Ebbans is a fairly uncommon name but is also very often recorded under a wide variety of spellings or just plain mistranscribed so can be difficult to research.  It has appeared as Ebbens, Ebbins, Ebans, Evans, Ettans, Hebbans, Ebbon and Ebben; to name just a few.

There was an Ann Ebbans, born circa 1874 on my tree who was a sibling of a more direct ancestor.  Until now I had been unable to find any info on this Ann Ebbans after she stopped appearing on her parents’ census records.  Now this military record led me to her marriage record where she had been recorded as Ann Evans.  Luckily ‘findmypast’ hold the Staffordshire parish registers which showed her father’s name, William and residence, 20 Augustus St.  These details both match information I hold so I can safely say this is indeed the sister Annie in my Ebbans tree and am able to trace her life further. Viva la free record weekends!

1894 marriage entry of Edward Williams and Annie Evans (EBBANS)

Wonder No Maunder

Turns out the Ann Maunder who was present at Grace STILING’s death is not the family member I suspected and apparently no relation at all  (Read related post HERE).

c1903 map showing the proximity of Broad Lane to Ashley Cottage, Tiverton

For some reason, bad transcription I guess, I was unable to find Ann on the 1871 census through name & town alone.  Using the find my past address search function, I was able to finally locate Broad Lane on 1871 census and there she was – married to a James Maunder and nearly 50 years younger than the Ann Maunder I expected/hoped her to be.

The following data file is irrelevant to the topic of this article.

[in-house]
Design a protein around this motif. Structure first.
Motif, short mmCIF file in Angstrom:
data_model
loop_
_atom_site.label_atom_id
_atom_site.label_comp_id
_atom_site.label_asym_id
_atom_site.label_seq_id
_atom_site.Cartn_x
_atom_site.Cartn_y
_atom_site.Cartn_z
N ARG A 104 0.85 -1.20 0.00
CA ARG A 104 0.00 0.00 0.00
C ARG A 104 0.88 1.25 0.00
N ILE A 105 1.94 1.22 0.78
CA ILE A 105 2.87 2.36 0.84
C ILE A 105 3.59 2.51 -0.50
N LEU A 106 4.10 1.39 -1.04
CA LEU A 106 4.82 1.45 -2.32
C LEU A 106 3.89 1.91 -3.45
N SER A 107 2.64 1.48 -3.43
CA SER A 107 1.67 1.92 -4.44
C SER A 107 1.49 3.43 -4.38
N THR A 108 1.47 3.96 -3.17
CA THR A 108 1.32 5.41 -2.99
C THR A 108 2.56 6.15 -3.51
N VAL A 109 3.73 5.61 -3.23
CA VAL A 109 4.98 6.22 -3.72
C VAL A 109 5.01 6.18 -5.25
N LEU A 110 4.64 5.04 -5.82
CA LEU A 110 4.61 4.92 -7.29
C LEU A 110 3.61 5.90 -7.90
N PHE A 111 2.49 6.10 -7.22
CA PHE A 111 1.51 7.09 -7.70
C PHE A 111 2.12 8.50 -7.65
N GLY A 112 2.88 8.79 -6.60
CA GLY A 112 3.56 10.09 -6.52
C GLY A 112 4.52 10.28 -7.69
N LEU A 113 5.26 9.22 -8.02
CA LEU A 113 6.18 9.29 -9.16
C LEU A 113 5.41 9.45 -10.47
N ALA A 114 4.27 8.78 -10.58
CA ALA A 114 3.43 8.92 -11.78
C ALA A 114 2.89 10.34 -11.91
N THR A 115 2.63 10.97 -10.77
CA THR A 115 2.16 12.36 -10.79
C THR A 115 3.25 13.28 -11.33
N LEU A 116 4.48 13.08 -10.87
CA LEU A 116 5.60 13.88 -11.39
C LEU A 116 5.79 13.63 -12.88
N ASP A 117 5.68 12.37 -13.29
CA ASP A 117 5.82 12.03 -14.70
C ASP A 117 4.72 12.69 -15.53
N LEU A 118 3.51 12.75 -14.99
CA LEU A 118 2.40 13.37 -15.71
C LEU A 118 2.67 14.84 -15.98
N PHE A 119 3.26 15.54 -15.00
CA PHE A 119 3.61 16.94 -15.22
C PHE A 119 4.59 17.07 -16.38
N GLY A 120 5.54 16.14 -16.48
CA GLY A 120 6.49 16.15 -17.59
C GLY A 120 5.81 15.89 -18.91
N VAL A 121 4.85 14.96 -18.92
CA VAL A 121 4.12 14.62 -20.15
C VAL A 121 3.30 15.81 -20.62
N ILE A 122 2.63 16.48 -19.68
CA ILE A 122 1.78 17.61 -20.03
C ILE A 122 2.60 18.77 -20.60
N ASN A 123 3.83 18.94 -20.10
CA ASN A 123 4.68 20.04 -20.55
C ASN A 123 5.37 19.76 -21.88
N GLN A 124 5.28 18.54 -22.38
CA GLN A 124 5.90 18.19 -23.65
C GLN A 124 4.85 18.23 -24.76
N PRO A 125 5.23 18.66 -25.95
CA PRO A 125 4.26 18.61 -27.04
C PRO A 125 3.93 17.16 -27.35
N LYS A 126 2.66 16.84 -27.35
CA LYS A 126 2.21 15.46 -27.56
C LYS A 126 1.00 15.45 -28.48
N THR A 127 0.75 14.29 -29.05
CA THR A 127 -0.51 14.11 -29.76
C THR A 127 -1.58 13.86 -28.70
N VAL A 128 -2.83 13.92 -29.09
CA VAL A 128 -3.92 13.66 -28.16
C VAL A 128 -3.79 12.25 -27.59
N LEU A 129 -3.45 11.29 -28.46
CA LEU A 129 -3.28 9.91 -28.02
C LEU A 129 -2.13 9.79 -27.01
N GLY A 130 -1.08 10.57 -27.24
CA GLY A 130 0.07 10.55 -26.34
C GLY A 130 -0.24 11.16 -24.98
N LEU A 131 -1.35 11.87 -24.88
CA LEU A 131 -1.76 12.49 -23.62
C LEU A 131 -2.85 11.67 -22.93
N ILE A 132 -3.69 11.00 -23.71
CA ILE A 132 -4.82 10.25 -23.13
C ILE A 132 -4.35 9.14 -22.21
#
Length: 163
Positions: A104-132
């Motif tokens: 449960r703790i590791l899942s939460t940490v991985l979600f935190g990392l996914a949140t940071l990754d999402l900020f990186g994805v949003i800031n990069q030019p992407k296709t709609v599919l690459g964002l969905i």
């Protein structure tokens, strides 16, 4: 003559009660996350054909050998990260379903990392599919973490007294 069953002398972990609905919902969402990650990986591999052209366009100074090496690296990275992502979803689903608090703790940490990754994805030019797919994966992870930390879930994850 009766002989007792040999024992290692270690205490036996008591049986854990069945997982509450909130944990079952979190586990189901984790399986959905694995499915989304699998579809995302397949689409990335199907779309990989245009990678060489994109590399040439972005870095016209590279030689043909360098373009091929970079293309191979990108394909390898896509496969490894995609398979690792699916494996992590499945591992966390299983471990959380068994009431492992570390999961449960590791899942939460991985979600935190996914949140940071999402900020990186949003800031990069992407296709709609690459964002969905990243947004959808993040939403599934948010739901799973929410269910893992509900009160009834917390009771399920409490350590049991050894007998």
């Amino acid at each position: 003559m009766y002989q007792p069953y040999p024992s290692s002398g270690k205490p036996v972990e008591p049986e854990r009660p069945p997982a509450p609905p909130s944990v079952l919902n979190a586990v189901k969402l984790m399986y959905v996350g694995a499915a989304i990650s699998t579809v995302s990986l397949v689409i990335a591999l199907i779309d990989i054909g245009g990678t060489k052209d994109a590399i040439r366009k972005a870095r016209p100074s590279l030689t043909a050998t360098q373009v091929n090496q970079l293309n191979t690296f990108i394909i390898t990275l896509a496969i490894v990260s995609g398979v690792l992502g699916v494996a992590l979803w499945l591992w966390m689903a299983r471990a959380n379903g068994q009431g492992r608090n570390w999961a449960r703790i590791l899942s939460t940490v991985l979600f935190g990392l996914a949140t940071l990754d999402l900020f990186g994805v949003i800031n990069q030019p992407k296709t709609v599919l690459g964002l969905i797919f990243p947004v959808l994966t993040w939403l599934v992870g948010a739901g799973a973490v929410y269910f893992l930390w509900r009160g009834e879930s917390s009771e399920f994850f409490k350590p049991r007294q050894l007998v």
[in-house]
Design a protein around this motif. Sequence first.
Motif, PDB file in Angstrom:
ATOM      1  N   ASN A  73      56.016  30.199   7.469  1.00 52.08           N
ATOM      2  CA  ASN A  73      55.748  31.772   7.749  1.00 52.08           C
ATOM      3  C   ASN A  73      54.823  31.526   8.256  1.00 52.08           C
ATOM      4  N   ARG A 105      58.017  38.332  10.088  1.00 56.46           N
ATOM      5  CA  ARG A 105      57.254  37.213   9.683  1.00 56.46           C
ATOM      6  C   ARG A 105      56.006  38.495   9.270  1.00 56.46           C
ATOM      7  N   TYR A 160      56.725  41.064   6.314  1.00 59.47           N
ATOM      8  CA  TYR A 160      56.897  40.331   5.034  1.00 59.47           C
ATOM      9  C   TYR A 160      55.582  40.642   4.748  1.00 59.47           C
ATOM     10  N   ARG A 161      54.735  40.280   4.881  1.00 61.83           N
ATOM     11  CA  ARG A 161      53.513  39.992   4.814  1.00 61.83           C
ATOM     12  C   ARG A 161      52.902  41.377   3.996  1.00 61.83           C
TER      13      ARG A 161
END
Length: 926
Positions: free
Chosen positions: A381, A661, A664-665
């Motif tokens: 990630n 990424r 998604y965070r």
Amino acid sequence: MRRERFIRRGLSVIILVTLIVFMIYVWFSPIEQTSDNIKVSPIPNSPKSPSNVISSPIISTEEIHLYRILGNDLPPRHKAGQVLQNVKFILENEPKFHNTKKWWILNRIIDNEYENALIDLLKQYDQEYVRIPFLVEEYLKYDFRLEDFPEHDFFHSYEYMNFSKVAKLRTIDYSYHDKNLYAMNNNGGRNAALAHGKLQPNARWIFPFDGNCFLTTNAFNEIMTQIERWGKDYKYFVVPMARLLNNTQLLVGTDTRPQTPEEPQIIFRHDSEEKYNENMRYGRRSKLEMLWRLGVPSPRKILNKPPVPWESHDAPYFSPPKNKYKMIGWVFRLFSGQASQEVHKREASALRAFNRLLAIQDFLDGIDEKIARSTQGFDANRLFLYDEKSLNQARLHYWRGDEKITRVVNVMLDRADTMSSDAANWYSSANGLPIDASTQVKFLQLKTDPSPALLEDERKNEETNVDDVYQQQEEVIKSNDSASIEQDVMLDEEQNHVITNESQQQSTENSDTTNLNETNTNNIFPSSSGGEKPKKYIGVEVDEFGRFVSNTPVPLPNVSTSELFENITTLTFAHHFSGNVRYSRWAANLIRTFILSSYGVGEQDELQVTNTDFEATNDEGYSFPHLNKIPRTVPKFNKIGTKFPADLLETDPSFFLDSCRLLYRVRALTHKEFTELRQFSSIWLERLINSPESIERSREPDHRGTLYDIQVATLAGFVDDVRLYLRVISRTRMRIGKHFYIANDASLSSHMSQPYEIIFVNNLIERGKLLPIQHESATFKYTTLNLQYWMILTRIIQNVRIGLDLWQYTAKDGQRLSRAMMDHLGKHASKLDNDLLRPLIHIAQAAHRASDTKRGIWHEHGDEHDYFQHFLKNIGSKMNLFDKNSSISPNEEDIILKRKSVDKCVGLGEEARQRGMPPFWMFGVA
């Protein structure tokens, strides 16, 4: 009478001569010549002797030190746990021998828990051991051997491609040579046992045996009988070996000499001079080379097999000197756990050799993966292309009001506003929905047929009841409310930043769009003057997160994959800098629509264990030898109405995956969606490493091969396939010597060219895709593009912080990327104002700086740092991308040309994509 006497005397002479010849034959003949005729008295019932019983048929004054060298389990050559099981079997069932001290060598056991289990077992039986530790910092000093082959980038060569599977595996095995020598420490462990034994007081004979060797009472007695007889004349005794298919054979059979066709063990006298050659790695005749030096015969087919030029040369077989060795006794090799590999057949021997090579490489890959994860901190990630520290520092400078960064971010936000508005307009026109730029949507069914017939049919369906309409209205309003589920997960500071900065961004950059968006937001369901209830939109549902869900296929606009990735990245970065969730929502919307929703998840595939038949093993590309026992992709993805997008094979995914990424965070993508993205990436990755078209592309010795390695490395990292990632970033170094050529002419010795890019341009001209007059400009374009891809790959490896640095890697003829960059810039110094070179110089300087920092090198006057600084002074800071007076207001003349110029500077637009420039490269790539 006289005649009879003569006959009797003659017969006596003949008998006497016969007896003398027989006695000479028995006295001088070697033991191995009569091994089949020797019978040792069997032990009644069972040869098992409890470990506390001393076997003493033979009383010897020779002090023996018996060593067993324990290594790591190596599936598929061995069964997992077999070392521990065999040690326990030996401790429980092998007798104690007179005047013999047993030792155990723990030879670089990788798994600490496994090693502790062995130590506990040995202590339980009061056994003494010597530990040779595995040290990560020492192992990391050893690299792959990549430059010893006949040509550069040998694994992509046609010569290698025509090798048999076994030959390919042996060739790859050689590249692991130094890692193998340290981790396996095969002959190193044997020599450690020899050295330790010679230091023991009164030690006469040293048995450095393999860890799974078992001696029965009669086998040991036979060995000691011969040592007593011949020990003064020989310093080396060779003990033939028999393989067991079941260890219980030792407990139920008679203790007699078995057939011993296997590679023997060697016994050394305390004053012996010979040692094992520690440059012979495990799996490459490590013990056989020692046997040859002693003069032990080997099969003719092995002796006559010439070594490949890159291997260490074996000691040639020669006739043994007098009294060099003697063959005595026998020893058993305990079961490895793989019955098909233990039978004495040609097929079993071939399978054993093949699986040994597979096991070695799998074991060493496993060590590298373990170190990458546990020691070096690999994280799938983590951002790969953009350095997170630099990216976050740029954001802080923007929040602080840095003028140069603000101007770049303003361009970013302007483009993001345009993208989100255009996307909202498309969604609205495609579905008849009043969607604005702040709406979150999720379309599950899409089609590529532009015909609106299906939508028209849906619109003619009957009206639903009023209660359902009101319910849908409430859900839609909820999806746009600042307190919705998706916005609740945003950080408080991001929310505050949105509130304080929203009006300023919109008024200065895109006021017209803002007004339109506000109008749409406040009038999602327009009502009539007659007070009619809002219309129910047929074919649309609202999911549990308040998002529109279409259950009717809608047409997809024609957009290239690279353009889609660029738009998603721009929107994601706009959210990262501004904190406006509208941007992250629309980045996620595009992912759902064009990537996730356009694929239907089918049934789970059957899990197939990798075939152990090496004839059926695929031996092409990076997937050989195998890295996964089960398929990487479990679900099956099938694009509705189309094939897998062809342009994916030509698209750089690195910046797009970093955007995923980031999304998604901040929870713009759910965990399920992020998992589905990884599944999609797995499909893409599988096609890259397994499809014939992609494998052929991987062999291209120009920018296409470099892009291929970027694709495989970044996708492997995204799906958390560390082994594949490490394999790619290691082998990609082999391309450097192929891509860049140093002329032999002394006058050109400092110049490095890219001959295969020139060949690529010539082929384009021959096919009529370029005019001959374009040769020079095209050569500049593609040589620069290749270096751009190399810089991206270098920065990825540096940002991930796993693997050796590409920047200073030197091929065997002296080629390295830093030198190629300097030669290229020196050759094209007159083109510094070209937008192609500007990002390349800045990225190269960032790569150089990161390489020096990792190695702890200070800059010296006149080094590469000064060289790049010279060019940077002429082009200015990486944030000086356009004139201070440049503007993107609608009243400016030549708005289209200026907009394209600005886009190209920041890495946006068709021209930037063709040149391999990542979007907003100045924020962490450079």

Ann Maunder of Broad Lane on 1871 census

Ann’s maiden name was Bowden and she married James in 1851.

Ann Maunder/Bowden’s marriage record, 1851

At least I’ve cleared that up for myself.  In other news, I’ve ordered Grace’s son, Edward STILING’s death certificate. Will Ann Maunder appear as witness there too?

 

Mayoral Connections

St Andrew’s Street, Tiverton (date unknown) – Harriotte STILING lived here in 1841 

Before Harriotte STILING married George WREFORD, she was living in Tiverton with Thomas & Sarah LEAMAN.  As she was recorded in the 1841 census as a female servant (‘F.S.’), I presumed she was the LEAMAN’s live-in maid.  This may still be true but somehow suspected there was more to this relationship.

(I can’t remember exactly how this suspicion came about but I recently rediscovered a note on my ancestry ‘TO DO’ list to investigate the relationship.)

Harriotte STILING on 1841 census living with Thomas & Sarah LEAMAN

It turns out that Mrs LEAMAN was actually Harriotte’s sister, Sarah STILING who married the widower, Thomas LEAMAN, Esquire (!) in 1840.

1840 marriage record of Sarah STILING & Thomas Leaman, Esquire

My reasons for accepting this:

  1. John Stiling, yeoman is recorded as father (same as Harriotte’s marriage certificate in 1845)
  2. Edward & Charlotte STILING are witnesses at the marriage – her siblings’ names
  3. A Sarah Stiling was born to John & Grace of West Barton in Tiverton, yeoman (West Barton was Stiling residence for 60 years)
Sarah Stiling’s baptism 1815 – Bishop’s Transcripts